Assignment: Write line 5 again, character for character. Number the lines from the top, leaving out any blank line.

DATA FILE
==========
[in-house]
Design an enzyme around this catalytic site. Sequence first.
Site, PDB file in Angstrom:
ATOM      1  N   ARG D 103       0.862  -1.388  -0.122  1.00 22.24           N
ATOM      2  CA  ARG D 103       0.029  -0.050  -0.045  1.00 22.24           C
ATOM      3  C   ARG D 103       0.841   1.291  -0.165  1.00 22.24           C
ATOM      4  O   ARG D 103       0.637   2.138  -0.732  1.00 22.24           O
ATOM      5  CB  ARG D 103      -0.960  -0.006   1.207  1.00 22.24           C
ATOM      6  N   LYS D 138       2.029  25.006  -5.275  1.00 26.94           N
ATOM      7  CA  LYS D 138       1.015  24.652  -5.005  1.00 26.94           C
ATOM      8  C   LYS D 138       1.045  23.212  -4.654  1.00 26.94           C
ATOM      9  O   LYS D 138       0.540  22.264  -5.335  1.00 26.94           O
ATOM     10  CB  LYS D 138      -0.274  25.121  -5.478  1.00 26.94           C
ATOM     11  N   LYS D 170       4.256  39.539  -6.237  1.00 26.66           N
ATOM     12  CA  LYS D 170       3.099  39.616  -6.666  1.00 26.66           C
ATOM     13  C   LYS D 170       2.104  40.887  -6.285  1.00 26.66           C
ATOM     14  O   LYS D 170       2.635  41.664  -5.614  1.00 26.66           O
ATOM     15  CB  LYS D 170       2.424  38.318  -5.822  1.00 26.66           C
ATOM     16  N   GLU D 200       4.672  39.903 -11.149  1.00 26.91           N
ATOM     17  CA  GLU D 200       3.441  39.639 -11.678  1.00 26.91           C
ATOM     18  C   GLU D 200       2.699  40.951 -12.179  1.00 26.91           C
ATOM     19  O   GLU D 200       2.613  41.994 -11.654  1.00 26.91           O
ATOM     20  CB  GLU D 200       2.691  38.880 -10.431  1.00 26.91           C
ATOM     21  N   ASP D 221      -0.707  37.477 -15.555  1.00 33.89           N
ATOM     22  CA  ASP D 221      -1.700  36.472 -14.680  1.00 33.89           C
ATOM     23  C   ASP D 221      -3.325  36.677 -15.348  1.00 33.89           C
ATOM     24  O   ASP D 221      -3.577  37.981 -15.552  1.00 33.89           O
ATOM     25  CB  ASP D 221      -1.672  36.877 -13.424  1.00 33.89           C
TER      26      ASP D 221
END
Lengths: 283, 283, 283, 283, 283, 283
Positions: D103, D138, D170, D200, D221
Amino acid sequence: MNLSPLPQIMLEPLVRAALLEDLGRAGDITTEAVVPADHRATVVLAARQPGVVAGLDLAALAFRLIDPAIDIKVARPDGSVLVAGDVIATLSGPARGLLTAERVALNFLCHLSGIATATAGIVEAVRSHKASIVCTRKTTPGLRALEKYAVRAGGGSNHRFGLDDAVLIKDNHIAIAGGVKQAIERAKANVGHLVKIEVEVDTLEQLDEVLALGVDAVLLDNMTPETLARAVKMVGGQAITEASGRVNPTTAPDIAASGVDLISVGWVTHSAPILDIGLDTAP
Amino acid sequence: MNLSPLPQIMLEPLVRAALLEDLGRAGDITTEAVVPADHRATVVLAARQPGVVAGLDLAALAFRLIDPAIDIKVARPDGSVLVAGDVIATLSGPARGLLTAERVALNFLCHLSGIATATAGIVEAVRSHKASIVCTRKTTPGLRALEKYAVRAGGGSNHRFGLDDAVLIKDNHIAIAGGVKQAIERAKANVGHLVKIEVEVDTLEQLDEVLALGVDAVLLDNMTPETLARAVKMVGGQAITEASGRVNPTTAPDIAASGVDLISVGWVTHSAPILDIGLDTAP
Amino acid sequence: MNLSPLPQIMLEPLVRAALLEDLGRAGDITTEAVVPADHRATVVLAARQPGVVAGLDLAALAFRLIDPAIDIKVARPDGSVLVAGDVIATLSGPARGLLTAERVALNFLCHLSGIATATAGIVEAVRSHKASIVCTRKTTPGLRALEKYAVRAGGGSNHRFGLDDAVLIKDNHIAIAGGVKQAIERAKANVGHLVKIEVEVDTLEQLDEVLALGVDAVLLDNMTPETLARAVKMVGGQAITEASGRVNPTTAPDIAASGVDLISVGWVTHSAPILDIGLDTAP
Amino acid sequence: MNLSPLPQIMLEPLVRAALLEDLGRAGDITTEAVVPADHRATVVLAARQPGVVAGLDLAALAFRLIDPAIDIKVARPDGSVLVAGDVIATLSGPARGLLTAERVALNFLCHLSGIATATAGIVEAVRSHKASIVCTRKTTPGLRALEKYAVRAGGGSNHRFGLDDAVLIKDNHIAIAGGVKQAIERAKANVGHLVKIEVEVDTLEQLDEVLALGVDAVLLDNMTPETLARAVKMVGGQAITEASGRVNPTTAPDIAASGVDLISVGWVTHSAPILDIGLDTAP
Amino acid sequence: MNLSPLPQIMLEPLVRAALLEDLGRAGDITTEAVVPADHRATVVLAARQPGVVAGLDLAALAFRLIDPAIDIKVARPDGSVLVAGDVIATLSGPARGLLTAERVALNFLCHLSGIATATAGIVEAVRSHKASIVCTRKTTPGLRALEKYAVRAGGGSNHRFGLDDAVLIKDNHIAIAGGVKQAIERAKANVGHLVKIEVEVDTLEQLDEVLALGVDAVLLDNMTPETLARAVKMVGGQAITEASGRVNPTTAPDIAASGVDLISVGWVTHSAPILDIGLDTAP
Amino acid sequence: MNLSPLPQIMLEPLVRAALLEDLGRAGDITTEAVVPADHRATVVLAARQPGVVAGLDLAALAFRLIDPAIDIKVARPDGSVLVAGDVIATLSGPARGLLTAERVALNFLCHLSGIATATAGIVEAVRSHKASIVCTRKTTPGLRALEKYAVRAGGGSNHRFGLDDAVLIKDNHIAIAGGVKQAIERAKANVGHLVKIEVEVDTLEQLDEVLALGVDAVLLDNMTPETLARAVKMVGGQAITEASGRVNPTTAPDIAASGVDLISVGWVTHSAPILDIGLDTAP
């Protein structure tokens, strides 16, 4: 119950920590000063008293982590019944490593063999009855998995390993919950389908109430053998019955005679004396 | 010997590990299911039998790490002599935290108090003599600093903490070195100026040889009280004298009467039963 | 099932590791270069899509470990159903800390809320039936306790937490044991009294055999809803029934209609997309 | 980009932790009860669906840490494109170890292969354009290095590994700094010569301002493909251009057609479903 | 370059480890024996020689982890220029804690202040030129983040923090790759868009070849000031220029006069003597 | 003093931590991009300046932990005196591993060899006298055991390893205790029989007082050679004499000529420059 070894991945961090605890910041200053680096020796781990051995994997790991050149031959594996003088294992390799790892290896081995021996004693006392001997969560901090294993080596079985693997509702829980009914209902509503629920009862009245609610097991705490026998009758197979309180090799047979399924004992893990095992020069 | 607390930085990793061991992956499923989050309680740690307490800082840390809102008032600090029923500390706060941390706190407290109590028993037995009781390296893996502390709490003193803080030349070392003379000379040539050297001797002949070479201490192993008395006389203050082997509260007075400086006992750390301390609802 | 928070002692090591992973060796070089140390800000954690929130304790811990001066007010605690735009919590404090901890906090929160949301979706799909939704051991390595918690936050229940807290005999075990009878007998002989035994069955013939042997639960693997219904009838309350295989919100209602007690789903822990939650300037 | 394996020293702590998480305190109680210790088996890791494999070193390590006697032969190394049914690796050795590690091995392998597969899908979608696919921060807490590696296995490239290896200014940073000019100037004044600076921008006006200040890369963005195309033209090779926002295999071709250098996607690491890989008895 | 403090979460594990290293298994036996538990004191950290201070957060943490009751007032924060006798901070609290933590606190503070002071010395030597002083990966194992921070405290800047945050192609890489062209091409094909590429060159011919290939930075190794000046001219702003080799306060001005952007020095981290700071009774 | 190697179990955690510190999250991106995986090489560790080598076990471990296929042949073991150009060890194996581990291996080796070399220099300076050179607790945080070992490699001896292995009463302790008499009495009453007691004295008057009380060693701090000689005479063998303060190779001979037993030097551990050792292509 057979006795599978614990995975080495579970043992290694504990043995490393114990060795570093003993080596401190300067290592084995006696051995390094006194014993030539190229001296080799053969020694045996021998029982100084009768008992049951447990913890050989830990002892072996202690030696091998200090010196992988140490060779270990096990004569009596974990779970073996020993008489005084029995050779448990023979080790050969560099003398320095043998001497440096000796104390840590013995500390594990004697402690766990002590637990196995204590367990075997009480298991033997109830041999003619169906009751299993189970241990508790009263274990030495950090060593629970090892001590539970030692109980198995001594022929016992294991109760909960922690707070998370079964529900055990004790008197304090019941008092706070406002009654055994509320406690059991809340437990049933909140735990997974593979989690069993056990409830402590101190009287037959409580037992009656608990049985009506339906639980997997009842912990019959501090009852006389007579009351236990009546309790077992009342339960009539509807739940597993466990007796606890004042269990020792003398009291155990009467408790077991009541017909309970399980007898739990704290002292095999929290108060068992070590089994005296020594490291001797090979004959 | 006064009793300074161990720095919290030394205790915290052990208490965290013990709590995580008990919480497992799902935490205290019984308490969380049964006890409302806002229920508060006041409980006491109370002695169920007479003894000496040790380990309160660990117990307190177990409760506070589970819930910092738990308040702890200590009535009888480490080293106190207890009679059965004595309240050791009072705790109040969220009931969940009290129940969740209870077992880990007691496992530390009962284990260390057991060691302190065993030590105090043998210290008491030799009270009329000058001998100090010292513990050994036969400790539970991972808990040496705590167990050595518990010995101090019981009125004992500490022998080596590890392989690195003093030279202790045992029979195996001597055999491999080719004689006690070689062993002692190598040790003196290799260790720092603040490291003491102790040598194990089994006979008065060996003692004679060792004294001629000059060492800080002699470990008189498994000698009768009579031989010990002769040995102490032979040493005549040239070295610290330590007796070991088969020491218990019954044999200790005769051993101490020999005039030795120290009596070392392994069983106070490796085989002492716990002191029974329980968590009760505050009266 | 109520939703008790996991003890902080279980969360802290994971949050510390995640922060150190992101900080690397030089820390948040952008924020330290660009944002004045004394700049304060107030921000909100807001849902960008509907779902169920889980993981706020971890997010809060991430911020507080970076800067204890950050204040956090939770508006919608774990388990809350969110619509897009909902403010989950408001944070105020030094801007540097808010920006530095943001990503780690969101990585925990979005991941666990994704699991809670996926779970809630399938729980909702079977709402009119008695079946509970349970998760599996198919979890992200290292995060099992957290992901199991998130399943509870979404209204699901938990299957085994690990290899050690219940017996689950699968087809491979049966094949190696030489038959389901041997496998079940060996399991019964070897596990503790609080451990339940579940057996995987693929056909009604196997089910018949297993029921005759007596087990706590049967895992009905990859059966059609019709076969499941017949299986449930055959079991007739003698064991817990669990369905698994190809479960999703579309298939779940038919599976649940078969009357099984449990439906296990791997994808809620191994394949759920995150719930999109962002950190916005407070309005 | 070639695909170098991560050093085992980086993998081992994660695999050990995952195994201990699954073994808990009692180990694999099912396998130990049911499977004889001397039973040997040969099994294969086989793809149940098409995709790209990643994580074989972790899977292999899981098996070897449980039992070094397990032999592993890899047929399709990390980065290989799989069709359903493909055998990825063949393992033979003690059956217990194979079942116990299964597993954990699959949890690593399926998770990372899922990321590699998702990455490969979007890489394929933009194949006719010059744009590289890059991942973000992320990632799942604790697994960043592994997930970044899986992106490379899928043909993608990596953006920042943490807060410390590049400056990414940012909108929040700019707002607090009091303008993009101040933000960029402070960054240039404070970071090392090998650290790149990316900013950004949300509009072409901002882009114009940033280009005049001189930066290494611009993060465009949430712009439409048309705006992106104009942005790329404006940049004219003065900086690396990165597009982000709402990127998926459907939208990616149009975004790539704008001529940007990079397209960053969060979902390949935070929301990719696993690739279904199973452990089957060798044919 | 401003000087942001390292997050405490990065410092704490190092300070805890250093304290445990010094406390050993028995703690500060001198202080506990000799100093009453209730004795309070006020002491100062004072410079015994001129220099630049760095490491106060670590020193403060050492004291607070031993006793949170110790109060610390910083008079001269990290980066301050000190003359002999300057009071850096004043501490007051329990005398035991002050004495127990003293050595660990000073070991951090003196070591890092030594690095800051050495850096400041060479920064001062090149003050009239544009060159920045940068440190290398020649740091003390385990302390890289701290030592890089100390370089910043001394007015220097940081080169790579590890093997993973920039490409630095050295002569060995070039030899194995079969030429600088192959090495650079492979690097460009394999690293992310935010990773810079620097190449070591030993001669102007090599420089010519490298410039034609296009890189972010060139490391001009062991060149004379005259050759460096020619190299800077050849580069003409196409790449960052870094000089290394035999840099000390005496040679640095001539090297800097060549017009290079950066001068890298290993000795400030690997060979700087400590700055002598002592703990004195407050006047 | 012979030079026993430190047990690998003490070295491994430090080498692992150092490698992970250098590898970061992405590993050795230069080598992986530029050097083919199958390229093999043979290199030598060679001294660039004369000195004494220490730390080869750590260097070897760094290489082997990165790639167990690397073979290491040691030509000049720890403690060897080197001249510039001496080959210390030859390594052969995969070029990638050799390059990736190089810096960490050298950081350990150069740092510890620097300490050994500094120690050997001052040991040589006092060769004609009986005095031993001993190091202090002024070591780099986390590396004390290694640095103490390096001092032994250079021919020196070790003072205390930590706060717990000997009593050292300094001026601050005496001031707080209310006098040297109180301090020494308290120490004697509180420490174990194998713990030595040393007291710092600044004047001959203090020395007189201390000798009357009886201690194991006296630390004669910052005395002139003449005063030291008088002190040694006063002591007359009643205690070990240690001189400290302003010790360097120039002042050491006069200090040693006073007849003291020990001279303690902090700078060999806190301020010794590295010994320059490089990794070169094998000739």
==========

ATOM      2  CA  ARG D 103       0.029  -0.050  -0.045  1.00 22.24           C